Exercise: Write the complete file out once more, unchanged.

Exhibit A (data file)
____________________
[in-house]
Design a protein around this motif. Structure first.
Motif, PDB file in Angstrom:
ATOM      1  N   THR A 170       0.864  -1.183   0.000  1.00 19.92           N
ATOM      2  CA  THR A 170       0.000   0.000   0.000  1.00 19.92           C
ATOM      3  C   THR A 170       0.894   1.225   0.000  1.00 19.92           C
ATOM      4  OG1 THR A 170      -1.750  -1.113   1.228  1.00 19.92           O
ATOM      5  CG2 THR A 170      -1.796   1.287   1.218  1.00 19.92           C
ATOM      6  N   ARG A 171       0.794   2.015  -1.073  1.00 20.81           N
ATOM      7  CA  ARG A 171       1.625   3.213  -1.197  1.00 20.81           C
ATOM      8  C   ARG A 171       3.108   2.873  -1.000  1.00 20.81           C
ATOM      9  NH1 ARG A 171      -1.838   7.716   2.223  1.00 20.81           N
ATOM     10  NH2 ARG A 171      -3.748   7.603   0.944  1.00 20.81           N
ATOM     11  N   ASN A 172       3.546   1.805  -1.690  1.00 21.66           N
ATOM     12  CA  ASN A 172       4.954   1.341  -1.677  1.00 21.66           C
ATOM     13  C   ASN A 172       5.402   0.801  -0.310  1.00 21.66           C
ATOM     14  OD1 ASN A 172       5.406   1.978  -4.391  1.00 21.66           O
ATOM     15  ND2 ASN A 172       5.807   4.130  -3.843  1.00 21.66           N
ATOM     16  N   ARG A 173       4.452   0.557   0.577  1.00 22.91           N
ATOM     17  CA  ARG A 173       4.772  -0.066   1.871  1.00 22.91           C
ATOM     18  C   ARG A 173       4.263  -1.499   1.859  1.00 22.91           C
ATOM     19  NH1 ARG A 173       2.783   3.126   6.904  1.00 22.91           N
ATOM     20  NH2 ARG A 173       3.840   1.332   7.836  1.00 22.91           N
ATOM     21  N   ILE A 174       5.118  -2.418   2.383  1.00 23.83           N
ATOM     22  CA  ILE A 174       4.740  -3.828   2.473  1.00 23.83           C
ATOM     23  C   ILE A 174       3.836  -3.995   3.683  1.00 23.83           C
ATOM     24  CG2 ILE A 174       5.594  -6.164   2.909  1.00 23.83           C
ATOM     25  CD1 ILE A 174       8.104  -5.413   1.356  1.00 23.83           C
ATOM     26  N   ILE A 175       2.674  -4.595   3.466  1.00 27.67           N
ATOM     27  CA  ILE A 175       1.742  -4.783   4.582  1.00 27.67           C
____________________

[in-house]
Design a protein around this motif. Structure first.
Motif, PDB file in Angstrom:
ATOM      1  N   THR A 170       0.864  -1.183   0.000  1.00 19.92           N
ATOM      2  CA  THR A 170       0.000   0.000   0.000  1.00 19.92           C
ATOM      3  C   THR A 170       0.894   1.225   0.000  1.00 19.92           C
ATOM      4  OG1 THR A 170      -1.750  -1.113   1.228  1.00 19.92           O
ATOM      5  CG2 THR A 170      -1.796   1.287   1.218  1.00 19.92           C
ATOM      6  N   ARG A 171       0.794   2.015  -1.073  1.00 20.81           N
ATOM      7  CA  ARG A 171       1.625   3.213  -1.197  1.00 20.81           C
ATOM      8  C   ARG A 171       3.108   2.873  -1.000  1.00 20.81           C
ATOM      9  NH1 ARG A 171      -1.838   7.716   2.223  1.00 20.81           N
ATOM     10  NH2 ARG A 171      -3.748   7.603   0.944  1.00 20.81           N
ATOM     11  N   ASN A 172       3.546   1.805  -1.690  1.00 21.66           N
ATOM     12  CA  ASN A 172       4.954   1.341  -1.677  1.00 21.66           C
ATOM     13  C   ASN A 172       5.402   0.801  -0.310  1.00 21.66           C
ATOM     14  OD1 ASN A 172       5.406   1.978  -4.391  1.00 21.66           O
ATOM     15  ND2 ASN A 172       5.807   4.130  -3.843  1.00 21.66           N
ATOM     16  N   ARG A 173       4.452   0.557   0.577  1.00 22.91           N
ATOM     17  CA  ARG A 173       4.772  -0.066   1.871  1.00 22.91           C
ATOM     18  C   ARG A 173       4.263  -1.499   1.859  1.00 22.91           C
ATOM     19  NH1 ARG A 173       2.783   3.126   6.904  1.00 22.91           N
ATOM     20  NH2 ARG A 173       3.840   1.332   7.836  1.00 22.91           N
ATOM     21  N   ILE A 174       5.118  -2.418   2.383  1.00 23.83           N
ATOM     22  CA  ILE A 174       4.740  -3.828   2.473  1.00 23.83           C
ATOM     23  C   ILE A 174       3.836  -3.995   3.683  1.00 23.83           C
ATOM     24  CG2 ILE A 174       5.594  -6.164   2.909  1.00 23.83           C
ATOM     25  CD1 ILE A 174       8.104  -5.413   1.356  1.00 23.83           C
ATOM     26  N   ILE A 175       2.674  -4.595   3.466  1.00 27.67           N
ATOM     27  CA  ILE A 175       1.742  -4.783   4.582  1.00 27.67           C